# Understanding 1337 GMAT Logic One of the most difficult tasks on the GMAT is to properly interpret what the question is really asking. The GMAT is loaded with dense terminology, accurate but irrelevant prose and confusing technical jargon (and that’s just the instruction page!) The verbiage is dense on purpose, with the deciphering of the information part of the skills being tested. And since this task only gets more challenging as you get more tired throughout the exam, it’s important to recognize the vocabulary used on the GMAT. To borrow from geek culture, you need to understand the GMAT 1337 speak.

For those unfamiliar with 1337, it is known as “leet” or “leetspeak” wherein English alphabet letters are replaced by the number that resembles them the most. It uses 1 for L, 3 for E and 7 for T, allowing the number 1337 to stand in for leet, cacographic shorthand for “elite”. (Think of it as pig Latin for the 21st Century). In essence, some people have devised a sublanguage of English that is hard to read for the average person, but very easy to understand for anyone versed in the language’s rules. The same logic can be applied on GMAT questions.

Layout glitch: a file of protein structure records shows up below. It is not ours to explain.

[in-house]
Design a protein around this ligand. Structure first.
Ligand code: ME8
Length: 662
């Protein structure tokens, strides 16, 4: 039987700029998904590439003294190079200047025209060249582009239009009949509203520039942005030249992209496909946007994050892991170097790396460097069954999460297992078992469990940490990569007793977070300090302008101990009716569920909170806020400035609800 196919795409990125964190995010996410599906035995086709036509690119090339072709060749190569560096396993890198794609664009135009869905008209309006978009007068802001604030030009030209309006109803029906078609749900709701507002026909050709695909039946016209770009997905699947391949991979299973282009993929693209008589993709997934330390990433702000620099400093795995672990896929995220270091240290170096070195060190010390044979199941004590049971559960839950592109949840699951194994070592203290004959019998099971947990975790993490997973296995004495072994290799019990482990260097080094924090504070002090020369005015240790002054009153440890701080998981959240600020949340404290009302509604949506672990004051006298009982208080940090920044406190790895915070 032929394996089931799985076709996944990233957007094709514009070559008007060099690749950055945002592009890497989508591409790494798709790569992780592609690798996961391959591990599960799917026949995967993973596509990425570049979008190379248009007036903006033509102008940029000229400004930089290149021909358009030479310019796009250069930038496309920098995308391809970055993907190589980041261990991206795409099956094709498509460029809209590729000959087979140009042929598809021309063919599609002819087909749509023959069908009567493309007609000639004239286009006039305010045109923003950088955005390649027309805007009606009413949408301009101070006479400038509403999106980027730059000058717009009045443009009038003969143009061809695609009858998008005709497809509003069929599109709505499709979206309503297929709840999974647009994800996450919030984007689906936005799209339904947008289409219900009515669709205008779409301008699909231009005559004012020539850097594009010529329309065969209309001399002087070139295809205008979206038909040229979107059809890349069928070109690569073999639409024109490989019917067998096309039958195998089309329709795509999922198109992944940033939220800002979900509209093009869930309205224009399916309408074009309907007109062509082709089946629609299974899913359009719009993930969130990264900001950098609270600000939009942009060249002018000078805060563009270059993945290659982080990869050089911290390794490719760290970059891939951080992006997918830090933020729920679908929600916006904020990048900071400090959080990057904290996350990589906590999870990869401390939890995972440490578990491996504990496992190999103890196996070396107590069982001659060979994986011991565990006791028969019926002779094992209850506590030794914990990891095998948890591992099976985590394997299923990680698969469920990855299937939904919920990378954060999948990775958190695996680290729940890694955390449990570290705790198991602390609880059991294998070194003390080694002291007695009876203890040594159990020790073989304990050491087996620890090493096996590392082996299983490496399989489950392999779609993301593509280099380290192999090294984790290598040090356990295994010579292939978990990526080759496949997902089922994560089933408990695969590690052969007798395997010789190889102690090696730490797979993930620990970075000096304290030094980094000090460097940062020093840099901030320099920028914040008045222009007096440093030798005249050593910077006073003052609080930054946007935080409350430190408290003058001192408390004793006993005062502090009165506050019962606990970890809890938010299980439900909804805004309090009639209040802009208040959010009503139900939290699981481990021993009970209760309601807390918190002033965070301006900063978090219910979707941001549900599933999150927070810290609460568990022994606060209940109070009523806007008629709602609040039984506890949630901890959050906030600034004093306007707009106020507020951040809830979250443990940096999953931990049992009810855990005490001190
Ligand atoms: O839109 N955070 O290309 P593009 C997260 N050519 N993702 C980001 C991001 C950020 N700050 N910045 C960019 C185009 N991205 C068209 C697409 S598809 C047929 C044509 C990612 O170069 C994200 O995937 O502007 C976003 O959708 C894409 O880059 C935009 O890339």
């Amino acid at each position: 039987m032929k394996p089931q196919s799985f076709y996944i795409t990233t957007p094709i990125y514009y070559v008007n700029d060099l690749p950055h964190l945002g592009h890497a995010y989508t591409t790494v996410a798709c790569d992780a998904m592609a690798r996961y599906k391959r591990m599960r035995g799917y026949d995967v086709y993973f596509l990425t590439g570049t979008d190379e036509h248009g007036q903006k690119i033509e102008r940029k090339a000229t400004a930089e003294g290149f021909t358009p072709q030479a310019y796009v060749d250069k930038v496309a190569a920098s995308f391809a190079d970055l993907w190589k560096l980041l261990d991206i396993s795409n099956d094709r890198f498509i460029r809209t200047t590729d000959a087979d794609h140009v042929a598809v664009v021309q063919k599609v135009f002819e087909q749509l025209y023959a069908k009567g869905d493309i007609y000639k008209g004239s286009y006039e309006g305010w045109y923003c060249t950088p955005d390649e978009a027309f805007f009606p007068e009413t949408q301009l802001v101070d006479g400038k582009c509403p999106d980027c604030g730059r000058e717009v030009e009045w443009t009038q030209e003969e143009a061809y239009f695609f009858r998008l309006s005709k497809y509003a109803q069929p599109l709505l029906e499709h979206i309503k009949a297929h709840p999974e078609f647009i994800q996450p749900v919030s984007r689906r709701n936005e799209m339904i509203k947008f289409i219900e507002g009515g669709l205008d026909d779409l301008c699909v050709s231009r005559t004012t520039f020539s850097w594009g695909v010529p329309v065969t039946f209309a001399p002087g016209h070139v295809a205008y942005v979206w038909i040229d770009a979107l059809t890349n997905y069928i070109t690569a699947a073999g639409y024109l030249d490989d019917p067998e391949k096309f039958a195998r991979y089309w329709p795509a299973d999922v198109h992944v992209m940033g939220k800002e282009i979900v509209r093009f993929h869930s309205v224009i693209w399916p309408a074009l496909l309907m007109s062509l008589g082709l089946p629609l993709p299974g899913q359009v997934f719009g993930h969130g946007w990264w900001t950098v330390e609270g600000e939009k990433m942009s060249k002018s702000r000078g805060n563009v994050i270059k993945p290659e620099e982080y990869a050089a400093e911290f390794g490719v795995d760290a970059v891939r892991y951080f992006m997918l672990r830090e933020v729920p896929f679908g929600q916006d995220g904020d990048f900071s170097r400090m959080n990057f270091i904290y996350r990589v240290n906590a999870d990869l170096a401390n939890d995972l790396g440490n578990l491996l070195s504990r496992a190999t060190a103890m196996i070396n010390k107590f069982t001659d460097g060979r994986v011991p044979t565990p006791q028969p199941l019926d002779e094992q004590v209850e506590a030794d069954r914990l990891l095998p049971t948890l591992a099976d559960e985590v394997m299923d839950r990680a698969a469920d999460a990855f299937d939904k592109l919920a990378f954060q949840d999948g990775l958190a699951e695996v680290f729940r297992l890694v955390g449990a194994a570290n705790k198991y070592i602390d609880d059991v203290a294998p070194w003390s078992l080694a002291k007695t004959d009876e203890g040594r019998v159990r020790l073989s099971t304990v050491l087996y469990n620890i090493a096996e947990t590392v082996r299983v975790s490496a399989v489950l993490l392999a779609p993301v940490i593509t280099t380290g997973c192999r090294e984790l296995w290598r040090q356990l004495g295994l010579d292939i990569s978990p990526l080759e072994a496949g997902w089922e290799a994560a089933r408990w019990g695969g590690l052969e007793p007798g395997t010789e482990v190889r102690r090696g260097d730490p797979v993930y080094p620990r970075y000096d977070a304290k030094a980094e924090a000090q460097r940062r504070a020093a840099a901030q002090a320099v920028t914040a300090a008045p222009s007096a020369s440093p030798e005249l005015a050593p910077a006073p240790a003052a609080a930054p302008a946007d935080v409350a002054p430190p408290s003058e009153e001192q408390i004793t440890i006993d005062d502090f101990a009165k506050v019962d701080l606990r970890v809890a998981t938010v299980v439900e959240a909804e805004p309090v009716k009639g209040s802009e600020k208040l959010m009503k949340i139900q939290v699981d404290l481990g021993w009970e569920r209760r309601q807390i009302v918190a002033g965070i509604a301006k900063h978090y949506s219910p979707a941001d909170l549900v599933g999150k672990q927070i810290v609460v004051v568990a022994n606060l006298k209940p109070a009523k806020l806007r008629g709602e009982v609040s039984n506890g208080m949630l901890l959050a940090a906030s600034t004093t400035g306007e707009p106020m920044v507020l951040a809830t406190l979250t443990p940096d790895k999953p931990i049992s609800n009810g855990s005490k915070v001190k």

Many terms that you’ll encounter on the GMAT are commonplace in math milieus, but most GMAT students don’t spend much time in such environments. Almost all students have also learned many of the terms long ago, like quotient and decimal, but have since forgotten their definitions because they don’t use them in everyday situations. Other concepts, like Data Sufficiency, only really exist on the GMAT and are not used in the same manner in the real world. This melange of issues can sometimes make it feel like the exam is speaking a language you don’t.

The ideal situation would be to avoid encountering any new or exotic word on test day, which hopefully means you’ve seen all of them during your test preparation. Moreover, simply understanding what each individual word means isn’t enough either, the entire meaning of the sentence must be clear in order to get the correct answer. As always, practice makes perfect, so let’s look at a sample GMAT problem and put the pieces together: